It’s a sobering thought, but work by female artists makes up only three to five percent of major permanent collections in the U.S. and Europe. And that’s not all: of the 100 most expensive artworks by living artists worldwide sold at auction between 2012 and 2016, only two were by women.
“Most art museums are men’s museums,” said Susan Fisher Sterling, director of the National Museum of Women in the Arts (NMWA) in Washington D.C., when we caught up with her over the phone. Such inequality was a reflection of gender bias in society in general, she said.
One of the only major museums in the world solely dedicated to recognizing women’s creative contributions, NMWA is striving to redress the balance. “We’re not waiting for the day when we achieve gender parity across the board,” said Susan, “we’re working for it through the arts.”
The institution was founded in 1987 by Wilhelmina Cole Holladay who had assembled a vast private collection of women’s art with her husband, Wallace. Her hope was to reinsert women into art history, where they’ve been noticeably absent.
The museum boasts more than 5,000 works by women from the 16th century to the present. There are paintings by Elisabetta Sirani, Berthe Morisot and Suzanne Valadon, sculpture by Sarah Bernhardt, Dorothy Dehner and Barbara Hepworth, photographs by Gertrude Käsebier, Louise Dahl-Wolfe and Nan Goldin and videos by Dara Birnbaum, Pipilotti Rist and Ingrid Mwangi (Mwangi Hutter).
The special collections include 17th-century botanical prints by Maria Sibylla Merian, who revolutionized both botany and zoology, works by British and Irish women silversmiths from the 17th–19th centuries and 500 artists’ books from 1970 onwards.
“There’s real excellence in the arts when it comes to women, particularly in modern and contemporary,” said Susan.
As well as supporting the careers of strong women artists, the museum highlights gender equality issues through public talks and its award-winning social media campaign #5WomenArtists. Exhibitions to celebrate its 30th anniversary this year include Wonder Women!, which features work by the Guerrilla Girls, feminist activist artists who expose gender and ethnic bias – as well as corruption – in politics, art, film and pop culture.
What Susan most wants is parity for women artists. “I hope for the day when you don’t have to go into a museum and count the women. That would be a nice day. I would like to have some institutions, which I’m starting to see now, becoming more likeminded. And that’s a big change.”
Susan, who has devoted her working life to the museum, gets her inner strength from her work. “I’ve got this incredible purpose in life that I found almost 30 years ago. Obviously, there’s something about the place that makes a difference to my life.”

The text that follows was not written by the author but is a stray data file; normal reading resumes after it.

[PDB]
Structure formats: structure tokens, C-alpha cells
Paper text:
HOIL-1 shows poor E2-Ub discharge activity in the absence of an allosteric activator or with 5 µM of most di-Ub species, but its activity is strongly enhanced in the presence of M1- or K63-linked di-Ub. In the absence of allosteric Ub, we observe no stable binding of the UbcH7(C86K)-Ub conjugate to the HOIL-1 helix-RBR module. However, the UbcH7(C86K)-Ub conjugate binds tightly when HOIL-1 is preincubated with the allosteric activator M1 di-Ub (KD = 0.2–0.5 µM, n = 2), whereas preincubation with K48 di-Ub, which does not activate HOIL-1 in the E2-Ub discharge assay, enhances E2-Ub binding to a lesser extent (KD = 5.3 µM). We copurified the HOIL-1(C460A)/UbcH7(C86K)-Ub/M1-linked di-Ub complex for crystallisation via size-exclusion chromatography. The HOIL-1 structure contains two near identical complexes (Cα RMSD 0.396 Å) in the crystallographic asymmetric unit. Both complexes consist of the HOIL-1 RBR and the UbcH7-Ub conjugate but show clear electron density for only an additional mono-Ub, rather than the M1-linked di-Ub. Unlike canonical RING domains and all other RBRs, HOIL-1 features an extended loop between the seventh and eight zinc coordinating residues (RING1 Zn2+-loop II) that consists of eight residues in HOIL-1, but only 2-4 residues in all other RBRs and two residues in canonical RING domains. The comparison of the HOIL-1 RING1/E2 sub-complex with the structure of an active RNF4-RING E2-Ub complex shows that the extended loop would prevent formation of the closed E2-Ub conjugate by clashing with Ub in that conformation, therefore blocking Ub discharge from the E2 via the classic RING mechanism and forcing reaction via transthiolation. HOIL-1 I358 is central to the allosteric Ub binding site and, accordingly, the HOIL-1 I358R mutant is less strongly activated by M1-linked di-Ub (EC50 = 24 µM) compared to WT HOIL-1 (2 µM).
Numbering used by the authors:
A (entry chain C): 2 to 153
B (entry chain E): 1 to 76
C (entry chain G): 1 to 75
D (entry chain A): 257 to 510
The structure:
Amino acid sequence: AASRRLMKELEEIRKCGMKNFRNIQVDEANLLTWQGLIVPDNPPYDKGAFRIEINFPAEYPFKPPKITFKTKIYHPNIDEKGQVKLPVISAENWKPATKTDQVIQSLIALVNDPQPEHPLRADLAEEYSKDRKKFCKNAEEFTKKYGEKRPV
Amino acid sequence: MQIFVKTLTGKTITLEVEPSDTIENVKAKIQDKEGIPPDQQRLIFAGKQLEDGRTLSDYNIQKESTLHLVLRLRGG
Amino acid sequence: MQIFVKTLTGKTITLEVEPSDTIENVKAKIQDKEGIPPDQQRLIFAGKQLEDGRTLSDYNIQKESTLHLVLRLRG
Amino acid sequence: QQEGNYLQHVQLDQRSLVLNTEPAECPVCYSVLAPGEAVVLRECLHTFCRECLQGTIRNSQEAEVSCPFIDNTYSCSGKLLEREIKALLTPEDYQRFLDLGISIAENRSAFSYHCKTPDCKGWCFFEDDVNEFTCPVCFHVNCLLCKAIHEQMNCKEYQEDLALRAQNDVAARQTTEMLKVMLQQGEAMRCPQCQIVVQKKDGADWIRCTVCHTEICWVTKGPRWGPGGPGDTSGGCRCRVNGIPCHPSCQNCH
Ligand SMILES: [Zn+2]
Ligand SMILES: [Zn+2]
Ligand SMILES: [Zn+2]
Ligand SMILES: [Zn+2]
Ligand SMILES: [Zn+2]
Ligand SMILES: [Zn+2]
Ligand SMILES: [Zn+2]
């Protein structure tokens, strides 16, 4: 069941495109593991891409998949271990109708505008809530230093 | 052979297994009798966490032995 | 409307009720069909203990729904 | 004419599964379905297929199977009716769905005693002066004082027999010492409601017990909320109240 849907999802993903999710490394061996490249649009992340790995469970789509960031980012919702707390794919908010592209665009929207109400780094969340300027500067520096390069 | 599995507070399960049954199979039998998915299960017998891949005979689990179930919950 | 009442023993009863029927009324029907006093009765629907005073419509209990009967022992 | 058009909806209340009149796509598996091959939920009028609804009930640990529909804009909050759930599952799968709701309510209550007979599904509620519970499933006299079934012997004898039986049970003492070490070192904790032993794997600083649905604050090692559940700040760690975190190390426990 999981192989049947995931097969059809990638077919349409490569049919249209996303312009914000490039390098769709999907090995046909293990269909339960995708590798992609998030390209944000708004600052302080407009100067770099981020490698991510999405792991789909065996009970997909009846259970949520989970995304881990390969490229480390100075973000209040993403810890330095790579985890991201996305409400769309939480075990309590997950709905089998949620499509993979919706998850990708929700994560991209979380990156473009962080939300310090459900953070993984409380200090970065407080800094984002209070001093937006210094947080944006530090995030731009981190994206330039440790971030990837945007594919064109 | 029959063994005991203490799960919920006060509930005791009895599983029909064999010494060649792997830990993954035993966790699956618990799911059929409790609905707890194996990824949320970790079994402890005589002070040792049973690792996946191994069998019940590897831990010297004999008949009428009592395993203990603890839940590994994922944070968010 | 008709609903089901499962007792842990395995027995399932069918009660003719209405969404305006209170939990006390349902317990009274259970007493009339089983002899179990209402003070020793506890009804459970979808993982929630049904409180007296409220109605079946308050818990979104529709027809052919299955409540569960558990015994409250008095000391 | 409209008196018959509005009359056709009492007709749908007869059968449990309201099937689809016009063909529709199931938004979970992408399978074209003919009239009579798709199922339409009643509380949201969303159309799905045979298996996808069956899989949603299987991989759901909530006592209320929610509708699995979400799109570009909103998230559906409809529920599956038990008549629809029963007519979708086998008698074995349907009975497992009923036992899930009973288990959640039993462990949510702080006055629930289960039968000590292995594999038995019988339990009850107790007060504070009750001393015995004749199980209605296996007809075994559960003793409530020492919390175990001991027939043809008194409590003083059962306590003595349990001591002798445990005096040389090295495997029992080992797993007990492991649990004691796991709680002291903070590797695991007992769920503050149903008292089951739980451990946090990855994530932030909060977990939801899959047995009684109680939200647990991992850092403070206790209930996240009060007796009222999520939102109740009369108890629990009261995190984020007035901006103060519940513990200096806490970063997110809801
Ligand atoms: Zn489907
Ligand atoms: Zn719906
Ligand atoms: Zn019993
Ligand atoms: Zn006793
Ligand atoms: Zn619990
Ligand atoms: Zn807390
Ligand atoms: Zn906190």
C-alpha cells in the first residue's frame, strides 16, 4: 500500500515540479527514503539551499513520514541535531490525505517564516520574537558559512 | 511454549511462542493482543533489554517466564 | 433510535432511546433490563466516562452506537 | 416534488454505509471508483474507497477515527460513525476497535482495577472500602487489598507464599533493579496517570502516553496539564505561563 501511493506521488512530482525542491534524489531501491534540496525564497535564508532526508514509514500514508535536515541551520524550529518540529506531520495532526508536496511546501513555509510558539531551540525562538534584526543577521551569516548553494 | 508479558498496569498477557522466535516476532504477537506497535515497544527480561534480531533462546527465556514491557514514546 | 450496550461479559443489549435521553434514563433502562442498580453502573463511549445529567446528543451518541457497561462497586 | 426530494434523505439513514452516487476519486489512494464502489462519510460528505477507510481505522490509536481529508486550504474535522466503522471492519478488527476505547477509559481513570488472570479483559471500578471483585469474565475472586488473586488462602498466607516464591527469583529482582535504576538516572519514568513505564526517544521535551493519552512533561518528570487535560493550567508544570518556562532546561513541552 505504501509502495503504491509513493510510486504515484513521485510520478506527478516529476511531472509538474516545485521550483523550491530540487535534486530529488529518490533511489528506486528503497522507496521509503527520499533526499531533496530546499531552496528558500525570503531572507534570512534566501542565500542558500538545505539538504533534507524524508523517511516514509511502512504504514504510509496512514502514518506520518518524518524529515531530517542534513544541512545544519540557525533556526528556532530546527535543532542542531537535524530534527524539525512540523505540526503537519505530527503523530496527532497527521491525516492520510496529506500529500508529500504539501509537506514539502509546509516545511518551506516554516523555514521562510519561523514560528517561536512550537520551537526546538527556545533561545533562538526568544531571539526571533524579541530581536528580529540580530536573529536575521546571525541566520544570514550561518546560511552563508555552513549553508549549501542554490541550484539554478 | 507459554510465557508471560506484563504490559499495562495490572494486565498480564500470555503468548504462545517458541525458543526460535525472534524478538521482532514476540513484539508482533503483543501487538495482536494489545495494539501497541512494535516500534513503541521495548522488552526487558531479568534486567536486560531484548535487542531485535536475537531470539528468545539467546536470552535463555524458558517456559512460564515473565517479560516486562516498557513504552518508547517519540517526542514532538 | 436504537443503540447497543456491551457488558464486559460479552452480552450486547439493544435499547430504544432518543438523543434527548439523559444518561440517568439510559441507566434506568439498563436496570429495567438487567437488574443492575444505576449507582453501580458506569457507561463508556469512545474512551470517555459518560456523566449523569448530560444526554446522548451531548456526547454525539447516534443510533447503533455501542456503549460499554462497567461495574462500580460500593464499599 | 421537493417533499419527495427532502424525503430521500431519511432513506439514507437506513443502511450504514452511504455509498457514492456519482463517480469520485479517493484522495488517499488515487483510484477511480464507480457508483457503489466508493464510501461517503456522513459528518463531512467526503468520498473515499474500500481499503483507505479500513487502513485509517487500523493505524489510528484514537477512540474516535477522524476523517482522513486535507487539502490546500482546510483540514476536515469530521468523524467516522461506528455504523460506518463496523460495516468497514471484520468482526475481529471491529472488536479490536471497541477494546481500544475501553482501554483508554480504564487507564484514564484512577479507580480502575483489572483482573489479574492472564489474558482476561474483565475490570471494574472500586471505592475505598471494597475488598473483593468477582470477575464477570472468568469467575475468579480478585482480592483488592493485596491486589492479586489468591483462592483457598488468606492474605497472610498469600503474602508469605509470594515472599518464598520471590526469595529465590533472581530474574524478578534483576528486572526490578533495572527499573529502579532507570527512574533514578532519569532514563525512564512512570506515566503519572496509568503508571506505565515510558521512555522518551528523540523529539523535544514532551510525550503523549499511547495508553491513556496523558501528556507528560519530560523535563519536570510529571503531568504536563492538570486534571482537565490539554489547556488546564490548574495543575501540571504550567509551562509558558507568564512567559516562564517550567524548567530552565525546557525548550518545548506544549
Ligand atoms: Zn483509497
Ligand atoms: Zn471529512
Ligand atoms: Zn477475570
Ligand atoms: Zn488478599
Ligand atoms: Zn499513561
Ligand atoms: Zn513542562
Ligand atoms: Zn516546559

And to those of many others.
Image: Dakota Fine for National Museum of Women in the Arts
Tom Field for National Museum of Women in the Arts
Gallery images in order:
Doris Lee, Cherries in the Sun (Siesta), ca. 1941; Oil on canvas, 27 x 36 in.; National Museum of Women in the Arts, Gift of the Honorable Clare Boothe Luce; © Estate of Doris Lee; Suzanne Valadon, The Abandoned Doll, 1921; Oil on canvas, 51 x 32 in.; National Museum of Women in the Arts, Gift of Wallace and Wilhelmina Holladay; Amy Sherald, They call me Redbone but I’d rather be Strawberry Shortcake, 2009; Oil on canvas, 54 x 43 in.; National Museum of Women in the Arts, Gift of Steven Scott, Baltimore, in honor of the artist and the 25th Anniversary of NMWA; © Amy Sherald; Guerrilla Girls, Horror on the National Mall!, 2007; Color photolithograph on paper, 23 x 13 in.; National Museum of Women in the Arts, Gift of Susan Fisher Sterling in honor of Steven Scott; © Guerrilla Girls, Courtesy www.guerrillagirls.com; Betty Blayton, Idea Waiting to Be Heard, 1984; monoprint, 30 x 22 in.; Courtesy of the Betty Blayton Trust, Boston, Massachusetts; © Betty Blayton Trust. Photo: E. G. Schempf; Lalla Essaydi, Bullets Revisited #20, 2014; Chromogenic print mounted on aluminum, 30 x 40 in.; Courtesy Miller Yezerski Gallery © Lalla; Alice Bailly, Self-Portrait, 1917; Oil on canvas, 32 x 23 1/2 in.; National Museum of Women in the Arts, Gift of Wallace and Wilhelmina Holladay; Beverly Semmes, Blue Gowns, 1993; Chiffon and crushed velvet, Approx. 30 x 31 ½ x 30 ft.; Rubell Family Collection, Miami; Courtesy of Rubell Family Collection, Miami; Mickalene Thomas, A-E-I-O-U and Sometimes Y, 2009; Plastic rhinestones, acrylic, and enamel on panel, 24 x 20 x 1 1/2 in.; National Museum of Women in the Arts, Gift of Deborah Carstens; © Mickalene Thomas, Courtesy of the Artist and Lehmann Maupin
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